RENSSELAER — The Jasper County Council approved several requests for additional appropriations from county departments including Judge John Potter, who has lost both of his court reporters and needs to replace them.
CASA, which advocates for children in the court system and the county clerks office, asking for money for absentee ballots as they are increasing due to the pandemic.
Potter asked for $12,600, an estimate for paying an additional court reporter while being trained by an experienced court reporter, who is retiring at the end of the year. He had one person leave and another dismissed.
Pat DeKock is serving as a part time reporter and is retiring. He has hired a woman who has some experience, but still needs additional training and is looking for another person to work full time for his courtroom. He wants to get someone hired by fall so DeKock can train that person before she leaves.
“Quite frankly, I’m stuck,” he told the council. “I have to get someone in to train. I don’t know what else to do.”
He said Superior Court Judge Russell Bailey was using his court reporter part time because he had lost one, too, then that person went to work for Bailey full time leaving Potter empty handed.
Since the judge didn’t have time to advertise his request, the council could not vote on it until next month.
All of CASA’s requests are part of matching grant funds. Katie Hall, who directs the program, asked for $8,000 for travel, but said she wouldn’t need that much because the national convention she normally attends will be virtual instead.
The CASA workers are volunteers and she said she does give them an option for travel reimbursement as well. Councilman Gerrit DeVries said he thought that was a lot of money for travel, and voted against the appropriation, while the rest of the board voted approval.
Hall also asked for $5,000 for furniture used to turn the room they were meeting in into a meeting and training room as well as some technology. Since the council was making use of the room, they approved this request with no dissent.
Kara Fishburn, county clerk, asked for $9,000, which she hopes to recoup from the state as the funds are needed due to the pandemic to cover extra personnel and extra equipment for the many absentee ballots that will be used for the general election in November. She said the county normally gets about 2,000 absentee ballots in a general election, and they had that many in the primary. She expects the number to double or even triple for the upcoming election.
Her office will need extra envelopes, ballot cards printed and extra people to help count. They have t o have four teams of people in both parties to do the counting. She has already requested the $6,000 from the state and will send another request for the $3,000 of the $9,000 to the state in August.
The board approved the additional money. Councilman Paul Norwine told Fishburn she and her staff do a “wonderful” job.
“This was a very tough time,” he said, “A lot of the poll workers are older.”
Fishburn said, “We take great pride in our elections. We’re very thorough in making sure every vote counts. We have a great team.”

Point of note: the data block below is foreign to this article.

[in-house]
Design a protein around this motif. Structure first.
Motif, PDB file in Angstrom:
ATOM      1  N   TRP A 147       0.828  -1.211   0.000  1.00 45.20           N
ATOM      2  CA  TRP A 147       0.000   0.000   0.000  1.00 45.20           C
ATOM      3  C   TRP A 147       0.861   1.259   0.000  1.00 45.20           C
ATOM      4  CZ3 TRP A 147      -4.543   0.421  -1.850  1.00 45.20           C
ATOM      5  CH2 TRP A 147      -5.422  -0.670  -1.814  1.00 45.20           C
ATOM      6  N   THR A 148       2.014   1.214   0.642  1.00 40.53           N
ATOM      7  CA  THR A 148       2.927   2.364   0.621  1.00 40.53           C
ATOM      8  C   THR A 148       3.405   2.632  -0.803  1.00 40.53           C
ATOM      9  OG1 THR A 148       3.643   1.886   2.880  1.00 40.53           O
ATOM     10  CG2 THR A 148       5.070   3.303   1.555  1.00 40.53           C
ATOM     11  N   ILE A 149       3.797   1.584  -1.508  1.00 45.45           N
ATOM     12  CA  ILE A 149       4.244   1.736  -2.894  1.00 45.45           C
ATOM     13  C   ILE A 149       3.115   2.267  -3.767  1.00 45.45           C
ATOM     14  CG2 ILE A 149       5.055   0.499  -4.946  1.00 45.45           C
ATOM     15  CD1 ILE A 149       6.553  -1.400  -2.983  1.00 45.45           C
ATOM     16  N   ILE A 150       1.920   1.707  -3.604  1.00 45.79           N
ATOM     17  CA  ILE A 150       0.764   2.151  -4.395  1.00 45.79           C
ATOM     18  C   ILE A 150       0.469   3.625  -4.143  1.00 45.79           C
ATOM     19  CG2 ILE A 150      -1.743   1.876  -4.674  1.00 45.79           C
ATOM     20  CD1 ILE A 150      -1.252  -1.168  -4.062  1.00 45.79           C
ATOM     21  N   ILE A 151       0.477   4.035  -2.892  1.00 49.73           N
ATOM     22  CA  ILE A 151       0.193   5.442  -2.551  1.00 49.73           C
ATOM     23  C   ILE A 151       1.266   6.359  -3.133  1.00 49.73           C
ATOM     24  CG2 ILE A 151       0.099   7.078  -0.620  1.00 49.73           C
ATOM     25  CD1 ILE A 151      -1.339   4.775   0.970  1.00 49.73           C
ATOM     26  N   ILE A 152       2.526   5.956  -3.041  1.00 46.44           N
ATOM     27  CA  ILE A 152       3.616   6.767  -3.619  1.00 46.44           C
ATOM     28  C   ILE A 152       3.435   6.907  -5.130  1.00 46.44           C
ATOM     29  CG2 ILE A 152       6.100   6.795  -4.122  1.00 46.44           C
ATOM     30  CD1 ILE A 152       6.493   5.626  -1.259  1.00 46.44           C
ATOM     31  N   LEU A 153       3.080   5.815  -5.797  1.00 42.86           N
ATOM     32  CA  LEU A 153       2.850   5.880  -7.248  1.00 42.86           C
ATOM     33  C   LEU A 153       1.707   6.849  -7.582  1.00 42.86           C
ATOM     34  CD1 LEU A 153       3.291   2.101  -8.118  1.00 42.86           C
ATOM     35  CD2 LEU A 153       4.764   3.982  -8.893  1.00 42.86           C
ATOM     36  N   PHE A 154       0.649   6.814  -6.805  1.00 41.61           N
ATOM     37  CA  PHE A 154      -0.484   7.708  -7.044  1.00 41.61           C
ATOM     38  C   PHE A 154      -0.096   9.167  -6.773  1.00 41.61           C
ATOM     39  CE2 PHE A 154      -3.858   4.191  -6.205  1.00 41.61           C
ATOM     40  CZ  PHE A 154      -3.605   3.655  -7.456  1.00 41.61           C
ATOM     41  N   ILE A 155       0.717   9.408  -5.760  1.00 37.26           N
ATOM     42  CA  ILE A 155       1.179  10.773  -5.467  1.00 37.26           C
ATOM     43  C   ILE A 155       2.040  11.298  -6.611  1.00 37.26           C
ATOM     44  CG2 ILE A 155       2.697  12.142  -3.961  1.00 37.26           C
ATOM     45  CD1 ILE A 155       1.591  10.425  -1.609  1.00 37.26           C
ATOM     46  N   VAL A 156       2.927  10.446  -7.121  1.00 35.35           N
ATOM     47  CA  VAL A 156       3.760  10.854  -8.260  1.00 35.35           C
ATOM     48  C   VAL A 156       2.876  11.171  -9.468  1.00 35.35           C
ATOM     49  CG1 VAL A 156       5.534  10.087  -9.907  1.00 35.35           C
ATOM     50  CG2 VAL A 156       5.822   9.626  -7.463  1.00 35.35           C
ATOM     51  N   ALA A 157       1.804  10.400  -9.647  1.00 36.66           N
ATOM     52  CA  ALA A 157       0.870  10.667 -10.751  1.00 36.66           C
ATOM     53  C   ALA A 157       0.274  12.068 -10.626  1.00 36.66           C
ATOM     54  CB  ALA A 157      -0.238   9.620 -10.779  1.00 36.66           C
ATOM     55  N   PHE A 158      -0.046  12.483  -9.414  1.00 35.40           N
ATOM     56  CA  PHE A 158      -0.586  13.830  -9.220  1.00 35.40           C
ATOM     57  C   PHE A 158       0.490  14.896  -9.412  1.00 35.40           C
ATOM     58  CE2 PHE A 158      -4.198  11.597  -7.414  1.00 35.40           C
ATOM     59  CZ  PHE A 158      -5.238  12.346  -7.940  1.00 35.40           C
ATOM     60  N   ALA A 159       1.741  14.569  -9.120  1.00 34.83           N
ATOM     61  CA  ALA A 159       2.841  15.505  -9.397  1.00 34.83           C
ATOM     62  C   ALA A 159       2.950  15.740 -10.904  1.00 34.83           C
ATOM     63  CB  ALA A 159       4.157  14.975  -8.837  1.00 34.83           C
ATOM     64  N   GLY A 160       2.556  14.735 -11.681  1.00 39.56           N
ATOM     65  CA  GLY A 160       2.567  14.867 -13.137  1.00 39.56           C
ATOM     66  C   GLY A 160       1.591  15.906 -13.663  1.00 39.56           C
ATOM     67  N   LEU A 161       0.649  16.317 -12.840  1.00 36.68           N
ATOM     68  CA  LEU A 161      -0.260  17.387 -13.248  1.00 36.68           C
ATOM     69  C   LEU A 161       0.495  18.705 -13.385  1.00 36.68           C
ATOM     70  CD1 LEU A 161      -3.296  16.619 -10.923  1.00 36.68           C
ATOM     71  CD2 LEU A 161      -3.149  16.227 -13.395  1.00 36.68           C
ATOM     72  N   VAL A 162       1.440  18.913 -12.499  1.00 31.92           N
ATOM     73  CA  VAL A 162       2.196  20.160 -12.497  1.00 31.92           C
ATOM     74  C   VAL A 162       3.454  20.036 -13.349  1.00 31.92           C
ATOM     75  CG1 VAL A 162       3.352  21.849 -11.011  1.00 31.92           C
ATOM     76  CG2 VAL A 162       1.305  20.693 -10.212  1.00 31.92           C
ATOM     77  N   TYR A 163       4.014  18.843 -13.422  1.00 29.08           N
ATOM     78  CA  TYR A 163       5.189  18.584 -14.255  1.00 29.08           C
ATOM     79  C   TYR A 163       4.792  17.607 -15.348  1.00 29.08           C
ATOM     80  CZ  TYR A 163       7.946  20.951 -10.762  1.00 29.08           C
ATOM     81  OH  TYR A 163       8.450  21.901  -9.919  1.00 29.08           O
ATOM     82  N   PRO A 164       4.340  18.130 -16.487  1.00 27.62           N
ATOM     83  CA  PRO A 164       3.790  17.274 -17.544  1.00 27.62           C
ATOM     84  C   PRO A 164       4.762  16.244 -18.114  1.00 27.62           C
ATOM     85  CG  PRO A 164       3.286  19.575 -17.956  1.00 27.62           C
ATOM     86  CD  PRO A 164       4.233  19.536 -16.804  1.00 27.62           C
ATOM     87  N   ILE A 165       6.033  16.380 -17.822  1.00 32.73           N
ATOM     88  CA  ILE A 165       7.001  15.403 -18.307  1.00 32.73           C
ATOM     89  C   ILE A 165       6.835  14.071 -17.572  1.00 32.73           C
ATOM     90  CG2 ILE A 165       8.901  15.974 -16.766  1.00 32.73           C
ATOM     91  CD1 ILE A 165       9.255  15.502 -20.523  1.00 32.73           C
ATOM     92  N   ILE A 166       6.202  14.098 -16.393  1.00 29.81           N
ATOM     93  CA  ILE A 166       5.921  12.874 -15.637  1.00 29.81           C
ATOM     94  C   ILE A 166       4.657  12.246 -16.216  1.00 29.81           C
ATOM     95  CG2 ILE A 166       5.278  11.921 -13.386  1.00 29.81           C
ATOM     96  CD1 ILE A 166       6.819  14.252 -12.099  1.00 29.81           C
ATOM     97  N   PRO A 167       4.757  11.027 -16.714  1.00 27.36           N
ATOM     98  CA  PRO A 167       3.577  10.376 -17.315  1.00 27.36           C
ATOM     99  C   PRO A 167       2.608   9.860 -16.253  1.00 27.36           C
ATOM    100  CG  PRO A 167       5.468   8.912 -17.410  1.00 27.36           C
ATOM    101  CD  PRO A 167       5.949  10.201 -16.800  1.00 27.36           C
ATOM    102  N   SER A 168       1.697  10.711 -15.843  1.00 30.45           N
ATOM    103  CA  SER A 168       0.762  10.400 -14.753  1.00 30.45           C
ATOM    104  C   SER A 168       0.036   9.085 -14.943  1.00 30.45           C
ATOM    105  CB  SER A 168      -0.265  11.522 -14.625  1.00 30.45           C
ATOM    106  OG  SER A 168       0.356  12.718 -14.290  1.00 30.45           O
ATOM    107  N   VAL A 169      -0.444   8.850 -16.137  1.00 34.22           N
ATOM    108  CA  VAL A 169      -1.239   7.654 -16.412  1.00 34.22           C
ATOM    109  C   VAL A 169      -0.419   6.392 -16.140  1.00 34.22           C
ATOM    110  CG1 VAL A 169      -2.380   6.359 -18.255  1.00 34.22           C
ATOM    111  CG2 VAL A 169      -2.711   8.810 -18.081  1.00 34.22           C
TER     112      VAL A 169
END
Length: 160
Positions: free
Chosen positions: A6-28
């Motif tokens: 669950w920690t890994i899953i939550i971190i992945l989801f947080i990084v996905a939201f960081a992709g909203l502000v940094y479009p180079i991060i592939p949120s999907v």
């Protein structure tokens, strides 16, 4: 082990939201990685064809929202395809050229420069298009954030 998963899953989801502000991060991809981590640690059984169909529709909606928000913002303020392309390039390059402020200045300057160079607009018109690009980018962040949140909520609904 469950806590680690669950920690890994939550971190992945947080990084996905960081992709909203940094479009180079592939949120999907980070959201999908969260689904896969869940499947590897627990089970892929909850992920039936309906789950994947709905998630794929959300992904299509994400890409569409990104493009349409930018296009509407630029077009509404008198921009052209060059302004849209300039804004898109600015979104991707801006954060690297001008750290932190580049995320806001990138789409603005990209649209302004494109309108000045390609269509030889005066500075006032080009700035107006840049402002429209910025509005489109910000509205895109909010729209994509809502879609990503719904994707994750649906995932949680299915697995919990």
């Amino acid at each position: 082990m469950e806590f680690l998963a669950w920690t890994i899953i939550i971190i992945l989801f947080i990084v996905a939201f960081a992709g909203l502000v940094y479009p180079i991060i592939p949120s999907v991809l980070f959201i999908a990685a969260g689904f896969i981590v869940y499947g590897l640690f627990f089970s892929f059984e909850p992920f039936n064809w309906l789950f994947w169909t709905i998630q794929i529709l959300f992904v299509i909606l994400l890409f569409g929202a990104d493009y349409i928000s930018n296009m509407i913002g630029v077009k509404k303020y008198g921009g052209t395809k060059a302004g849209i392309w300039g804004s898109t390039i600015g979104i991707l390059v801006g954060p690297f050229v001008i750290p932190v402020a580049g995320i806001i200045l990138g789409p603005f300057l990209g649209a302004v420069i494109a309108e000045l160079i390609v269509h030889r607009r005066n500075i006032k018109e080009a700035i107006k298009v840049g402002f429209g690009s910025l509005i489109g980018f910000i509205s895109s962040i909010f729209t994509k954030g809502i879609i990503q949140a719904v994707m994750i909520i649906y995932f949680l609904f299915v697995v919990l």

Sheriff Pat Williamson asked for $130,000 as the first payment on the new communications software the council approved earlier in the year. The software transition project “kicks off” Aug. 11.
The City of Rensselaer will pay $20,000 towards the project, and other fire and police departments have pledged money to fund the project also. The DeMotte Police is the only police department in the county not paying into the program. The town has its own software for dispatching that works for them.
Williamson said with the large fire at NIPSCO in Wheatfield the week before, the new software would’ve automatically called out ambulances from across the county to respond along with every fire department.
“That’s what this is about,” he said. “With the push of a button, it will improve response.”
Williamson said the jail has had fewer inmates since the pandemic began, and it is slowing starting to go up. There were 54 inmates in the jail at the time of the meeting on July 21. This has helped control the food budget, with the cost of food on the rise.
A request for $21,000 for part-time help at Animal Control was tabled until their August meeting. There was no one there from the department to explain why another part time person was needed. Council members were reluctant to approve this with the discussion at the earlier joint meeting between them and the county commissioners who talked about a hiring freeze already in place.
Councilman Gary Fritts said Animal Control had already borrowed $5,600 from another line item in its budget this year. Councilman Brett Risner, who attended via Zoom, asked if the animal shelter has volunteers. Auditor Kim Grow said her office has a volunteer list for insurance and workman’s comp purposes.
Next month, the council begins work on the 2021 budget. Council President Rein Bontreger said, “The budget will be a unique challenge. It’s always a challenge but this year even more so.”
He said they look at numbers three years ahead, and they are already considering the loss of the NIPSCO generating plant, which is scheduled to shut down in 2023.
“The toughest issues are raises and growth factor. We really need to mind our P’s and Q’s this time around and keep it close.”
DeVries said, “In light of what’s going on in the county, people will appreciate if we hold tight.”
Fritts said they need to keep spending in check for the homeowners as farmland assessed values continue to drop.
“I feel like we always have,” he said.